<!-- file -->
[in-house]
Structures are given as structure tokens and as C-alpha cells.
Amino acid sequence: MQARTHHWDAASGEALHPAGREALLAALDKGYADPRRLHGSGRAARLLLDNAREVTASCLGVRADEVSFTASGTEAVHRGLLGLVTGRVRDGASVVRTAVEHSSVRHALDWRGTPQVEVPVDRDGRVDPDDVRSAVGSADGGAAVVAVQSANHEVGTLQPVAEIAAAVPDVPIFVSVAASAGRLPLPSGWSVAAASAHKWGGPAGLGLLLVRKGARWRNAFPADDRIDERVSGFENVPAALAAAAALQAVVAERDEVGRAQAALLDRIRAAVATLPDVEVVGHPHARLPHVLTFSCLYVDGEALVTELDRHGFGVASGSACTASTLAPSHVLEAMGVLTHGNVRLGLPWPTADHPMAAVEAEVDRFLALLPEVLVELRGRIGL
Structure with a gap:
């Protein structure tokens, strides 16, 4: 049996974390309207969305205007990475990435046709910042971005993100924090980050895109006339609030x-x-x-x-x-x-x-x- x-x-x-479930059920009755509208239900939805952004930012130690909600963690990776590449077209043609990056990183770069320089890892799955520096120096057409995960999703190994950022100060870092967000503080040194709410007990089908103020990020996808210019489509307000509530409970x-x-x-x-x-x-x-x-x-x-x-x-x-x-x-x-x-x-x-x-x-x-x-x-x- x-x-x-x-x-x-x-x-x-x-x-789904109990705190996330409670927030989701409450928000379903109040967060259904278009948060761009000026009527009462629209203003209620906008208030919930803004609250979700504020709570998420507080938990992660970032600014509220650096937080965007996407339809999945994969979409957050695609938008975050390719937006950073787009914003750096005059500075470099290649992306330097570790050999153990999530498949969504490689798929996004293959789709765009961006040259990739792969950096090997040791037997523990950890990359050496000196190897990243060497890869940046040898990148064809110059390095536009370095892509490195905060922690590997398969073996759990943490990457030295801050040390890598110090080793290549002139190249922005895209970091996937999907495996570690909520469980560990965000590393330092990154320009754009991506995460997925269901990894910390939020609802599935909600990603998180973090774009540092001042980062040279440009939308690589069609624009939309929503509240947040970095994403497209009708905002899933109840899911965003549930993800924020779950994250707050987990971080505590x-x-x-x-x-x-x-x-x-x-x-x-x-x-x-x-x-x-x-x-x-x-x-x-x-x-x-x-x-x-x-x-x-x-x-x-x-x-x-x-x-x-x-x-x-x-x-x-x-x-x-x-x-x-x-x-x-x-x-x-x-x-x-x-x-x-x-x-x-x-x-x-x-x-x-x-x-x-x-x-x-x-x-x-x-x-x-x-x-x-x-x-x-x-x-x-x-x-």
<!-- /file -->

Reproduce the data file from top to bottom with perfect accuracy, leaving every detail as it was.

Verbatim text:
[in-house]
Structures are given as structure tokens and as C-alpha cells.
Amino acid sequence: MQARTHHWDAASGEALHPAGREALLAALDKGYADPRRLHGSGRAARLLLDNAREVTASCLGVRADEVSFTASGTEAVHRGLLGLVTGRVRDGASVVRTAVEHSSVRHALDWRGTPQVEVPVDRDGRVDPDDVRSAVGSADGGAAVVAVQSANHEVGTLQPVAEIAAAVPDVPIFVSVAASAGRLPLPSGWSVAAASAHKWGGPAGLGLLLVRKGARWRNAFPADDRIDERVSGFENVPAALAAAAALQAVVAERDEVGRAQAALLDRIRAAVATLPDVEVVGHPHARLPHVLTFSCLYVDGEALVTELDRHGFGVASGSACTASTLAPSHVLEAMGVLTHGNVRLGLPWPTADHPMAAVEAEVDRFLALLPEVLVELRGRIGL
Structure with a gap:
């Protein structure tokens, strides 16, 4: 049996974390309207969305205007990475990435046709910042971005993100924090980050895109006339609030x-x-x-x-x-x-x-x- x-x-x-479930059920009755509208239900939805952004930012130690909600963690990776590449077209043609990056990183770069320089890892799955520096120096057409995960999703190994950022100060870092967000503080040194709410007990089908103020990020996808210019489509307000509530409970x-x-x-x-x-x-x-x-x-x-x-x-x-x-x-x-x-x-x-x-x-x-x-x-x- x-x-x-x-x-x-x-x-x-x-x-789904109990705190996330409670927030989701409450928000379903109040967060259904278009948060761009000026009527009462629209203003209620906008208030919930803004609250979700504020709570998420507080938990992660970032600014509220650096937080965007996407339809999945994969979409957050695609938008975050390719937006950073787009914003750096005059500075470099290649992306330097570790050999153990999530498949969504490689798929996004293959789709765009961006040259990739792969950096090997040791037997523990950890990359050496000196190897990243060497890869940046040898990148064809110059390095536009370095892509490195905060922690590997398969073996759990943490990457030295801050040390890598110090080793290549002139190249922005895209970091996937999907495996570690909520469980560990965000590393330092990154320009754009991506995460997925269901990894910390939020609802599935909600990603998180973090774009540092001042980062040279440009939308690589069609624009939309929503509240947040970095994403497209009708905002899933109840899911965003549930993800924020779950994250707050987990971080505590x-x-x-x-x-x-x-x-x-x-x-x-x-x-x-x-x-x-x-x-x-x-x-x-x-x-x-x-x-x-x-x-x-x-x-x-x-x-x-x-x-x-x-x-x-x-x-x-x-x-x-x-x-x-x-x-x-x-x-x-x-x-x-x-x-x-x-x-x-x-x-x-x-x-x-x-x-x-x-x-x-x-x-x-x-x-x-x-x-x-x-x-x-x-x-x-x-x-």